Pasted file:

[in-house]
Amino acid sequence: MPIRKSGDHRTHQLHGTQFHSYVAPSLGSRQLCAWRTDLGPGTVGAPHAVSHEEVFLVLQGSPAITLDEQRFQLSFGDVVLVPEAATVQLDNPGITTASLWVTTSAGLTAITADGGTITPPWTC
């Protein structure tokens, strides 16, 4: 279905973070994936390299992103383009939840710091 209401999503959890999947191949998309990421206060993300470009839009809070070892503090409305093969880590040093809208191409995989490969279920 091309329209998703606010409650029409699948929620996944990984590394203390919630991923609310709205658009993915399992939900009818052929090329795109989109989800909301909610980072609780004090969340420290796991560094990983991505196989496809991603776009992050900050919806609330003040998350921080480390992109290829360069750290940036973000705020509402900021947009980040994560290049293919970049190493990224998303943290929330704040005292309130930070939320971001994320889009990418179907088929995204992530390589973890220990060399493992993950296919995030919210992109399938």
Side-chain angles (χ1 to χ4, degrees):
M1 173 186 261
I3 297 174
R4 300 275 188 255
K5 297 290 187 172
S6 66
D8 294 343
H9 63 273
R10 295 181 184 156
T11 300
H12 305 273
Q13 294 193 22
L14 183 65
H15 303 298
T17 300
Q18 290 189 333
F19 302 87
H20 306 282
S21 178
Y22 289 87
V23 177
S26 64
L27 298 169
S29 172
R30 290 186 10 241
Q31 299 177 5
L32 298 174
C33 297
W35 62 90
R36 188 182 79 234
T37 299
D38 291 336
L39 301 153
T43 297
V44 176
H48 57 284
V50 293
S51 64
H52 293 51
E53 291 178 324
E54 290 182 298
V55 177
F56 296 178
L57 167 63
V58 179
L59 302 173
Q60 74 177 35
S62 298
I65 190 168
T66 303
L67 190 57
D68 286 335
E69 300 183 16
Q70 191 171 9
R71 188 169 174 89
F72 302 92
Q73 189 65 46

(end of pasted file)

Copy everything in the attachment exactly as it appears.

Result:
[in-house]
Amino acid sequence: MPIRKSGDHRTHQLHGTQFHSYVAPSLGSRQLCAWRTDLGPGTVGAPHAVSHEEVFLVLQGSPAITLDEQRFQLSFGDVVLVPEAATVQLDNPGITTASLWVTTSAGLTAITADGGTITPPWTC
């Protein structure tokens, strides 16, 4: 279905973070994936390299992103383009939840710091 209401999503959890999947191949998309990421206060993300470009839009809070070892503090409305093969880590040093809208191409995989490969279920 091309329209998703606010409650029409699948929620996944990984590394203390919630991923609310709205658009993915399992939900009818052929090329795109989109989800909301909610980072609780004090969340420290796991560094990983991505196989496809991603776009992050900050919806609330003040998350921080480390992109290829360069750290940036973000705020509402900021947009980040994560290049293919970049190493990224998303943290929330704040005292309130930070939320971001994320889009990418179907088929995204992530390589973890220990060399493992993950296919995030919210992109399938």
Side-chain angles (χ1 to χ4, degrees):
M1 173 186 261
I3 297 174
R4 300 275 188 255
K5 297 290 187 172
S6 66
D8 294 343
H9 63 273
R10 295 181 184 156
T11 300
H12 305 273
Q13 294 193 22
L14 183 65
H15 303 298
T17 300
Q18 290 189 333
F19 302 87
H20 306 282
S21 178
Y22 289 87
V23 177
S26 64
L27 298 169
S29 172
R30 290 186 10 241
Q31 299 177 5
L32 298 174
C33 297
W35 62 90
R36 188 182 79 234
T37 299
D38 291 336
L39 301 153
T43 297
V44 176
H48 57 284
V50 293
S51 64
H52 293 51
E53 291 178 324
E54 290 182 298
V55 177
F56 296 178
L57 167 63
V58 179
L59 302 173
Q60 74 177 35
S62 298
I65 190 168
T66 303
L67 190 57
D68 286 335
E69 300 183 16
Q70 191 171 9
R71 188 169 174 89
F72 302 92
Q73 189 65 46